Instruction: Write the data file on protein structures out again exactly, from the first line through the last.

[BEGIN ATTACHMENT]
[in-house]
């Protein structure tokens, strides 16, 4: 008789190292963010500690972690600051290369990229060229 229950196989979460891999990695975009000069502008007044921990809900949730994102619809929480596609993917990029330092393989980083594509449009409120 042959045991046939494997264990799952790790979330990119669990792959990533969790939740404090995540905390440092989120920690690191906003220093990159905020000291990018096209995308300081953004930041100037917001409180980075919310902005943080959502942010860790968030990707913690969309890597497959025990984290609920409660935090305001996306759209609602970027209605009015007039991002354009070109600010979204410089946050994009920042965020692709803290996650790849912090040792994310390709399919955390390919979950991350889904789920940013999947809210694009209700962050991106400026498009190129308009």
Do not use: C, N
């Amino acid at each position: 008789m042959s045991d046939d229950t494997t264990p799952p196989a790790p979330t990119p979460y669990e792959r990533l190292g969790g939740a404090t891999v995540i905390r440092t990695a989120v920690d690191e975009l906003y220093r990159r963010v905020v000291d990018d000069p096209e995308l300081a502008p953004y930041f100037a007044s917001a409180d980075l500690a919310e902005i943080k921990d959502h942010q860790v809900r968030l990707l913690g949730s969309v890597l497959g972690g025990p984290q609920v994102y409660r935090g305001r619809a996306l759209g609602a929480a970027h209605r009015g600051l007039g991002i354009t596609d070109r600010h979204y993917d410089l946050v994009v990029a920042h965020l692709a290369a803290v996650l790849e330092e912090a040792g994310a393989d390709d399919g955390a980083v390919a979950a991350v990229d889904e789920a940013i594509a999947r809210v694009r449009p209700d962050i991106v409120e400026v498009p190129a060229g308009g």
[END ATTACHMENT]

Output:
[in-house]
């Protein structure tokens, strides 16, 4: 008789190292963010500690972690600051290369990229060229 229950196989979460891999990695975009000069502008007044921990809900949730994102619809929480596609993917990029330092393989980083594509449009409120 042959045991046939494997264990799952790790979330990119669990792959990533969790939740404090995540905390440092989120920690690191906003220093990159905020000291990018096209995308300081953004930041100037917001409180980075919310902005943080959502942010860790968030990707913690969309890597497959025990984290609920409660935090305001996306759209609602970027209605009015007039991002354009070109600010979204410089946050994009920042965020692709803290996650790849912090040792994310390709399919955390390919979950991350889904789920940013999947809210694009209700962050991106400026498009190129308009």
Do not use: C, N
């Amino acid at each position: 008789m042959s045991d046939d229950t494997t264990p799952p196989a790790p979330t990119p979460y669990e792959r990533l190292g969790g939740a404090t891999v995540i905390r440092t990695a989120v920690d690191e975009l906003y220093r990159r963010v905020v000291d990018d000069p096209e995308l300081a502008p953004y930041f100037a007044s917001a409180d980075l500690a919310e902005i943080k921990d959502h942010q860790v809900r968030l990707l913690g949730s969309v890597l497959g972690g025990p984290q609920v994102y409660r935090g305001r619809a996306l759209g609602a929480a970027h209605r009015g600051l007039g991002i354009t596609d070109r600010h979204y993917d410089l946050v994009v990029a920042h965020l692709a290369a803290v996650l790849e330092e912090a040792g994310a393989d390709d399919g955390a980083v390919a979950a991350v990229d889904e789920a940013i594509a999947r809210v694009r449009p209700d962050i991106v409120e400026v498009p190129a060229g308009g």